This is due to the wave emitter, the magnetron, always emit waves at the same incidence angles, so they always bounce on the same places. To prevent that, an helix should be included to make the waves bounce in all possible directions, as well as a rotating plate, which increase the incidence area, and when the rays hit the surface of the food, they lose power as they go into the food, so that explains why the food is hotter on the outside than on the inside.
Although this explanation does not apply to Wi-Fi technology, it is interesting to know how the electromagnetic waves are emitted, why they are forced to bounce, and what happens when a microwave oven in not properly insulated or allows for a radiation leakage.
How the 2.4GHz Radioelectrical Spectrum Looks Like.
As the image shows, we have a normal 2.4GHz spectrum, with a few operating Wi-Fi networks and their typical transmission pattens, where you can observe the channel hopping to broadcast their networks through management beacon packets, some more intense data transmission peaks, yet nothing out of the ordinary.
Microwave ovens are not perfect, and certain amount of energy, namely waves, leak out to the exterior, and when these waves are on the Wi-Fi frequency band of 2.45GHz, they interfere with data transmissions on the same frequency range, from channel 8 on.
How Microwave Interferences Look Like
In this new image of the spectrum, you can observe a new pattern with higher intensity and bandwidth than an announcing access point would have, and this is caused by an interfering microwave oven.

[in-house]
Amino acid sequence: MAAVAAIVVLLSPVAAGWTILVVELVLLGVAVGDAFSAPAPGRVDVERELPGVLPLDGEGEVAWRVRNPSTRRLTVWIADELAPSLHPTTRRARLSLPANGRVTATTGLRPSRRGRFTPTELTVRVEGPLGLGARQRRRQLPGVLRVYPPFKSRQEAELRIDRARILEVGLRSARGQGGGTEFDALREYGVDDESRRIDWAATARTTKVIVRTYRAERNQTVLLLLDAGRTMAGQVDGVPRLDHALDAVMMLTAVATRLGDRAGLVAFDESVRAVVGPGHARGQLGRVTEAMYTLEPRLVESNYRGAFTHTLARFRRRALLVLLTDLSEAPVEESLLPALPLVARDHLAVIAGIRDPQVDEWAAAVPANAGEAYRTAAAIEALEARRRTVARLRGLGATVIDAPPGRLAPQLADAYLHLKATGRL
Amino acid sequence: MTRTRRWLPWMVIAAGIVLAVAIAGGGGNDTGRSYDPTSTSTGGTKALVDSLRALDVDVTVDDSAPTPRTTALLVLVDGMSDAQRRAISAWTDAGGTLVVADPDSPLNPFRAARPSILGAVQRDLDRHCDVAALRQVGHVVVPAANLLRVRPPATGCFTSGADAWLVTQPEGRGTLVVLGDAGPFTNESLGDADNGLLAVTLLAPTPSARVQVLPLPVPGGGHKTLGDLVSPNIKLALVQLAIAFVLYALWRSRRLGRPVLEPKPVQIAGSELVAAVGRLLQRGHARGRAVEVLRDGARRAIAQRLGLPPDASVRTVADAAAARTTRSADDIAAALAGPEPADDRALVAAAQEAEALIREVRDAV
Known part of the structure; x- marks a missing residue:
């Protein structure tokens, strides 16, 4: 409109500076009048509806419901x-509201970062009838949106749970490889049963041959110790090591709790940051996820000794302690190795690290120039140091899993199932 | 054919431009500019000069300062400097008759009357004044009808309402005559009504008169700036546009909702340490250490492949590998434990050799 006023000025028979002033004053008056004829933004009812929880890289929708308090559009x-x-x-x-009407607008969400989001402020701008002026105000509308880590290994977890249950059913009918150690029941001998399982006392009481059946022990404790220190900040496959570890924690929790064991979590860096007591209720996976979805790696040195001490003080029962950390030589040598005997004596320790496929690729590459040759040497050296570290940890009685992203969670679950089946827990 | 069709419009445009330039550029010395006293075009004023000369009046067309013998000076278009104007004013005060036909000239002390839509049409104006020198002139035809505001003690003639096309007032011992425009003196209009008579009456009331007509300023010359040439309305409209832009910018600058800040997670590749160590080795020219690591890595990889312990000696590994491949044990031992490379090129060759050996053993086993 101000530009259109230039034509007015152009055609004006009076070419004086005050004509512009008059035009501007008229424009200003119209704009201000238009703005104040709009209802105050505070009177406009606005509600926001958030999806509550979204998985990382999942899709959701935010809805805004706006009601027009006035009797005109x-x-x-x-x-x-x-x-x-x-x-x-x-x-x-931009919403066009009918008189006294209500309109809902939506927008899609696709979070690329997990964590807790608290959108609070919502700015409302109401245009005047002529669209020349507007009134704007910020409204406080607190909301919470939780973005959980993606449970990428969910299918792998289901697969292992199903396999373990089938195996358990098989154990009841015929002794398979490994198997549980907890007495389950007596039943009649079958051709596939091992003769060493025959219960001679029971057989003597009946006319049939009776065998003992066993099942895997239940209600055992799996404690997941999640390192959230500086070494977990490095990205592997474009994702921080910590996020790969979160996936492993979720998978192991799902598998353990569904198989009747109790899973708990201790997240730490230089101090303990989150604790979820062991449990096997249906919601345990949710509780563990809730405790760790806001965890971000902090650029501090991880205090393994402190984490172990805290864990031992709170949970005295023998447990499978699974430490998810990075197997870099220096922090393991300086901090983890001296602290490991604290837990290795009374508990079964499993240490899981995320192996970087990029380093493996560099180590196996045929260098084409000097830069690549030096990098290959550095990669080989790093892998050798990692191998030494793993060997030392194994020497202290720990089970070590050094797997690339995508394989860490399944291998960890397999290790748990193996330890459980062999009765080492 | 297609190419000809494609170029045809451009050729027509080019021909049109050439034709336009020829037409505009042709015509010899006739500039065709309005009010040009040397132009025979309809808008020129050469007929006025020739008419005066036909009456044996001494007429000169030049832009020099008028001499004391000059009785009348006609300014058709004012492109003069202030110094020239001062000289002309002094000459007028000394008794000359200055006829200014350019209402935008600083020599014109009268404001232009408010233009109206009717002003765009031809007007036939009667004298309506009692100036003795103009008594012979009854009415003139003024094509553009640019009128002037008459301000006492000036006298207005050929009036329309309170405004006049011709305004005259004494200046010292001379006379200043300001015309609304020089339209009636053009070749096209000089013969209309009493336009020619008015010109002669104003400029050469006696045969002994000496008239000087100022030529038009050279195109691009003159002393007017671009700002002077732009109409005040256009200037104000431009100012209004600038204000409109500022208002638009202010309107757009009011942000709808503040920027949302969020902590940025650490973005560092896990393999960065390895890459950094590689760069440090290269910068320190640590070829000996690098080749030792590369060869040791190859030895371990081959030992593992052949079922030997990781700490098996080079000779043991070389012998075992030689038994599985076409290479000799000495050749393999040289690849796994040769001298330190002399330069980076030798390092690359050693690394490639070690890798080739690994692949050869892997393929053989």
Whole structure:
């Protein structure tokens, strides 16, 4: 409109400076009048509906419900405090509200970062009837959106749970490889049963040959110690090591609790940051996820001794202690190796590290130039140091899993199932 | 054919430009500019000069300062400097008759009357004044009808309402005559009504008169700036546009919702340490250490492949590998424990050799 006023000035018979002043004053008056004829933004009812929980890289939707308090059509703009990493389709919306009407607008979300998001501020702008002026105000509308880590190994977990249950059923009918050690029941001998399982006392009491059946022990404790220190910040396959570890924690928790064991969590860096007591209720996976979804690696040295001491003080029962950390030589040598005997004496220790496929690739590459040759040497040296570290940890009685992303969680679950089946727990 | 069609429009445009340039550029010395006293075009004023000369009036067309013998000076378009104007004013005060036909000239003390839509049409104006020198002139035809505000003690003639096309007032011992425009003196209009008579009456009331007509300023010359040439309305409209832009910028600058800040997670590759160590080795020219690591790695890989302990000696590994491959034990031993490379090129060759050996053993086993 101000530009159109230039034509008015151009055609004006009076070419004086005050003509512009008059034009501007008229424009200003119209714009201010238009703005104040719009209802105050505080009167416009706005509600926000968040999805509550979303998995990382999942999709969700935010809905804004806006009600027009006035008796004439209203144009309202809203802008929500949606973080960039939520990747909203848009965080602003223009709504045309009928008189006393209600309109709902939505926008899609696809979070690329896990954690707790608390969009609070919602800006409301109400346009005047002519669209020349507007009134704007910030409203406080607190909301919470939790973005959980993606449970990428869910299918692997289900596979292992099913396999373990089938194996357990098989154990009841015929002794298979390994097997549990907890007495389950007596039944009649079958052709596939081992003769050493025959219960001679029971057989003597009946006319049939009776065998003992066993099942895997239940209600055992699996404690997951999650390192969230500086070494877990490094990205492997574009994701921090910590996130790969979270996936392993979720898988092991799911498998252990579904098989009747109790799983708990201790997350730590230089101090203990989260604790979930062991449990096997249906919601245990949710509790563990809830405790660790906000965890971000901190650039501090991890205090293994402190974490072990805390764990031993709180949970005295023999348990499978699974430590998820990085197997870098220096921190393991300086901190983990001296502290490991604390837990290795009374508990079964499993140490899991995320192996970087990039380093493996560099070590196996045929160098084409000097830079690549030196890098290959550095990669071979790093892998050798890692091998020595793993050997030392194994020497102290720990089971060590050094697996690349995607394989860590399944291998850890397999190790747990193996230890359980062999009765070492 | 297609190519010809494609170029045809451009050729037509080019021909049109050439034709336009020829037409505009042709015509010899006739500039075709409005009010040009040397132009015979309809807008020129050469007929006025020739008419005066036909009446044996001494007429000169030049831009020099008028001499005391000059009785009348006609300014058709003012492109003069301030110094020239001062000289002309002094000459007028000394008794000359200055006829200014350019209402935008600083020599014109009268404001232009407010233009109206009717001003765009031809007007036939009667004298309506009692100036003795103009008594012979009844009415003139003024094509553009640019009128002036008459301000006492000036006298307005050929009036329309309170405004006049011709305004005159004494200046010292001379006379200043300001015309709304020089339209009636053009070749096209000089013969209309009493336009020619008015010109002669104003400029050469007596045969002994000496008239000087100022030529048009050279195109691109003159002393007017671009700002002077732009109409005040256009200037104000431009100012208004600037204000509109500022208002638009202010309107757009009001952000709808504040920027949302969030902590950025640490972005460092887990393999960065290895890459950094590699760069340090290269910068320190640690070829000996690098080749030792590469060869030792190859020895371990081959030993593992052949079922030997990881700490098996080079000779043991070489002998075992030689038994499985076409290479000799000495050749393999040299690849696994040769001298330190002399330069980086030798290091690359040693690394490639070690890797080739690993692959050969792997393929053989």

Normally, an access point operating on channel 8 or higher, will hardly maintain service with acceptable values, and it could even experience service interruptions while the microwave oven is in operation.
For home networks, this could cause intermittent service disruption, and for
For large companies, shopping malls, or hotels, where a large number of kitchen areas coexist, and client/host/employee networks are normally deployed, this could be a big problem, and a huge challenge when trying to identify the cause of connectivity and network performance issues.
In case you would like to perform a full site survey, it is also recommended to perform radioelectric spectrum measurements, which help us identify interference and noise sources that are transmitting in the Wi-Fi range, such as other Wi-Fi devices or wave emitting devices or appliances. Once this sources are successfully identified, the spotted areas can be filtered out from the network’s inventoried access points, to focus on these external interference sources.
As we have seen, it is important to acknowledge non-Wi-Fi emissions in the radioelectric spectrum in order to identify possible network performance issues, besides focusing on access point configuration parameters or network coverage levels. A correct parametrization, an appropriate channel setting, and a perfect coverage do not mean anything when an interfering emission source comes into play without being detected by a conventional passive or active site survey.